Step 3 – identify the population characteristics of Oldham to identify the age structure. This allowed us to make estimates from real populations to which the results can be applied.

Step 4 – identify costs of different interventions. We used estimates of drug costs where possible but did not make a more detailed estimate of the costs of the different interventions.

Step 5 – calculation of Population Impact Measures. This involved application of the Relative Risk Reductions, to the population we have identified, of both the total impact amongst those with mild to moderate AD as well as the change from current use of interventions. The measure we used in this study was the Number of Events Prevented in a Population (NEPP) which describes the impact of the interventions and is defined as "the number of events prevented by the intervention in your population over a defined time period [15, 19]." The Number of Events Prevented in the Population (NEPP) is calculated as follows:

NEPP = n*Pd*Pe*ru*RRR


n = population size

Pd = the prevalence of the disease in the population

Pe = the proportion eligible for treatment

ru = the risk of event of interest in the untreated group or base line risk

RRR = the relative risk reduction associated with the treatment.

In order to reflect the incremental effect of changing from current to 'best practice' and to adjust for levels of compliance, the proportion eligible for treatment, Pe, is (Pb - Pt)Pc, where Pt is the proportion currently treated, Pb is the proportion that would be treated if best practice was adopted and Pc is the proportion of the population who are compliant with (adherent to) their medication.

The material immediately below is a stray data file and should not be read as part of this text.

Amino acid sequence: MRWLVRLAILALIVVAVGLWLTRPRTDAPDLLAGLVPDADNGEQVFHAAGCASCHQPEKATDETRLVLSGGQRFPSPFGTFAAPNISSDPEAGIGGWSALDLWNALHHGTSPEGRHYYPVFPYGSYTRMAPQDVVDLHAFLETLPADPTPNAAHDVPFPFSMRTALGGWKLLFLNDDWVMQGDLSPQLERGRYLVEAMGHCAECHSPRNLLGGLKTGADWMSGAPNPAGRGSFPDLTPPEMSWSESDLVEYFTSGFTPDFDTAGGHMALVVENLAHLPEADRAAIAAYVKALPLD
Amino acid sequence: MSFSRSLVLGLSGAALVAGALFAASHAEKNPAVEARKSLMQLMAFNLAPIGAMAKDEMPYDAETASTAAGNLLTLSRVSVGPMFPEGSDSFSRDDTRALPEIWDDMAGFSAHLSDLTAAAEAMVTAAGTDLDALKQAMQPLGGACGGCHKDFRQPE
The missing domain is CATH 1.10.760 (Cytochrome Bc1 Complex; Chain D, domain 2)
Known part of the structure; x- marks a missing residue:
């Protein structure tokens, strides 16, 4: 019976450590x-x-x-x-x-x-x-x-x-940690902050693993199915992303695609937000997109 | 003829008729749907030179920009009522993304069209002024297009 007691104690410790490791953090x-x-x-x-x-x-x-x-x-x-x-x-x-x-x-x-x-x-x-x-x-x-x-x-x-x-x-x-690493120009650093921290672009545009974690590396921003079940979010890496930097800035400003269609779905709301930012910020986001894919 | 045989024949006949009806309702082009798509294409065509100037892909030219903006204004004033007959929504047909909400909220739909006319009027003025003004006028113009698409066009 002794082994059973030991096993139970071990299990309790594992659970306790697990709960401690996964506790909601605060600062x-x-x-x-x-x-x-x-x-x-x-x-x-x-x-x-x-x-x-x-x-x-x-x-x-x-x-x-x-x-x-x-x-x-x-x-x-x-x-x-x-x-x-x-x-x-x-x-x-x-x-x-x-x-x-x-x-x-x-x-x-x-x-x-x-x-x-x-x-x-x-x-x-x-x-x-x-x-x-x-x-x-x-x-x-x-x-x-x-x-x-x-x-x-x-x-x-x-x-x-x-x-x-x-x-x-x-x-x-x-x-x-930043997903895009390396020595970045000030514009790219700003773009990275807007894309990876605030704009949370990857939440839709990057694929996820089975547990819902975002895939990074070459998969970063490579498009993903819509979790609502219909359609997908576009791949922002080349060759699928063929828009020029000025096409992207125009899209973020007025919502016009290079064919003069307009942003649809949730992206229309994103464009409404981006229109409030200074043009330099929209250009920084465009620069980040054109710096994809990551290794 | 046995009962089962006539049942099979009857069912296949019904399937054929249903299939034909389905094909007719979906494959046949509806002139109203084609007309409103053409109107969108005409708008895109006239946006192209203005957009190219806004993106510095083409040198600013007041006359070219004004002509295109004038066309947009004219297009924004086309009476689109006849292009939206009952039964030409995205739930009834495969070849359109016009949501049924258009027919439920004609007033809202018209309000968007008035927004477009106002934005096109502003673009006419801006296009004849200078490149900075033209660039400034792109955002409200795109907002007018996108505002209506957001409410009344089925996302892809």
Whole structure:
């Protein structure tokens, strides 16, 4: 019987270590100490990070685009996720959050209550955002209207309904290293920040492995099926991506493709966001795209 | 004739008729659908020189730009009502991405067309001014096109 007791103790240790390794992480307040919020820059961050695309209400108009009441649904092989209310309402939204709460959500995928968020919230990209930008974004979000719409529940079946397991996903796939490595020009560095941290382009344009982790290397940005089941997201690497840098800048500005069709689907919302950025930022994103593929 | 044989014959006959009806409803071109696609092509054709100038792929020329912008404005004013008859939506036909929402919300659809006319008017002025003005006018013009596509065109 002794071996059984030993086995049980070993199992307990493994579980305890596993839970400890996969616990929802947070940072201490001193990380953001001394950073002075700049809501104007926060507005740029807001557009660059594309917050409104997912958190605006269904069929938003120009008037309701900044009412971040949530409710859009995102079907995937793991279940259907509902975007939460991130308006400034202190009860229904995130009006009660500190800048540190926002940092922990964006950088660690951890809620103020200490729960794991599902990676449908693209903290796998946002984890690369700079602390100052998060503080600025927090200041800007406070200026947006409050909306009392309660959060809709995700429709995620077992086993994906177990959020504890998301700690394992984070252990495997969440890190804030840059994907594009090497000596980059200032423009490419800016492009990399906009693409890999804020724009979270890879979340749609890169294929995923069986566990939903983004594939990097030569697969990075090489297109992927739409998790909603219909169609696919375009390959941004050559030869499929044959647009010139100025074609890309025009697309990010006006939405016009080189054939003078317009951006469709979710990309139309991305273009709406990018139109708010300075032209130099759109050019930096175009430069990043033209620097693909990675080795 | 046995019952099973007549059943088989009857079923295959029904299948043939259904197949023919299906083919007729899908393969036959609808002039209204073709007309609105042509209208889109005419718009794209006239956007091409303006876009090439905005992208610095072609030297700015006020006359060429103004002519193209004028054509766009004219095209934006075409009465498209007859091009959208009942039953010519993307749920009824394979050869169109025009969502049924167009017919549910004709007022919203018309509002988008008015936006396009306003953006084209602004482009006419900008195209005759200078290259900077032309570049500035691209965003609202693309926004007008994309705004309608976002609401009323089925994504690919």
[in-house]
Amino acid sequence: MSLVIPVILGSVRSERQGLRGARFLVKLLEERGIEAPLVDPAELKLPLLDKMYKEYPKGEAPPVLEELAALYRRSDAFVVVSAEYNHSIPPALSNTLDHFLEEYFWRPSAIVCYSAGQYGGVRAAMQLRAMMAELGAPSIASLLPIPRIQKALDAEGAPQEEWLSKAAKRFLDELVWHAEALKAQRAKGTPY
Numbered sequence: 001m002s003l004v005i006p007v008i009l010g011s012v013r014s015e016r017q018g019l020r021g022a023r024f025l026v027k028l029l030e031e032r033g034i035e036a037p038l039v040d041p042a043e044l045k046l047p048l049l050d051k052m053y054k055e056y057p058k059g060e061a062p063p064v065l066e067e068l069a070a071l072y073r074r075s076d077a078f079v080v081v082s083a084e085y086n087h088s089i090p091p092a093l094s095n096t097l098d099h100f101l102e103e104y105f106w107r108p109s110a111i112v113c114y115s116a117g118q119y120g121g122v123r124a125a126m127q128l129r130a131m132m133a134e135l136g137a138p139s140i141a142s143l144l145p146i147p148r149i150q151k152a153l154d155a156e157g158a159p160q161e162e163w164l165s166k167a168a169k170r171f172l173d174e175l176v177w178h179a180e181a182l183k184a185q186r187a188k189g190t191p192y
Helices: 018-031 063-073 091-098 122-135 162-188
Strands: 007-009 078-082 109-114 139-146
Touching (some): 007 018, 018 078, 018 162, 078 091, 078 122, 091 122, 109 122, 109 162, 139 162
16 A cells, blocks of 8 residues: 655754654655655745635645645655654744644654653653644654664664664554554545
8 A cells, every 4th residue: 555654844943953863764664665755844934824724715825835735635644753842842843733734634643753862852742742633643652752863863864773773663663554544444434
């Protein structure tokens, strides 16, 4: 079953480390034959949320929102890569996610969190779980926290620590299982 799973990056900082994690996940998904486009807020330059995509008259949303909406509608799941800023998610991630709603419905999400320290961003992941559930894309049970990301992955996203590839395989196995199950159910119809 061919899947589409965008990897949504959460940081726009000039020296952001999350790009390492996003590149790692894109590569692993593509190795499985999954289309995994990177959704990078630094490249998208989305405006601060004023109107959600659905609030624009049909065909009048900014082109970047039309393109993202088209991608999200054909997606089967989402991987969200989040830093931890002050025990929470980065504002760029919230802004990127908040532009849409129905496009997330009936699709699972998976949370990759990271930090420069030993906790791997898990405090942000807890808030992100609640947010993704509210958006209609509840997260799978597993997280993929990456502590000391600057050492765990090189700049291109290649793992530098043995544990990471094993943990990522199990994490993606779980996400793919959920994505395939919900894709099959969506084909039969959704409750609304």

Calculations of the NEPP for different outcomes were calculated according to the above formula, using an on-line calculator [23]. This provides 95% Confidence Intervals using a simulation method with 10,000 iterations. The calculation requires the population sizes from which the various estimates in the formula are derived, and these were taken from the sources used to derive the estimates themselves. In addition, the Confidence intervals for the Relative Risk Reductions are required, and these were re-calculated from the original trial data in the relevant publications, using an on-line calculator [24].

Cholinesterase inhibitors (ChEI's)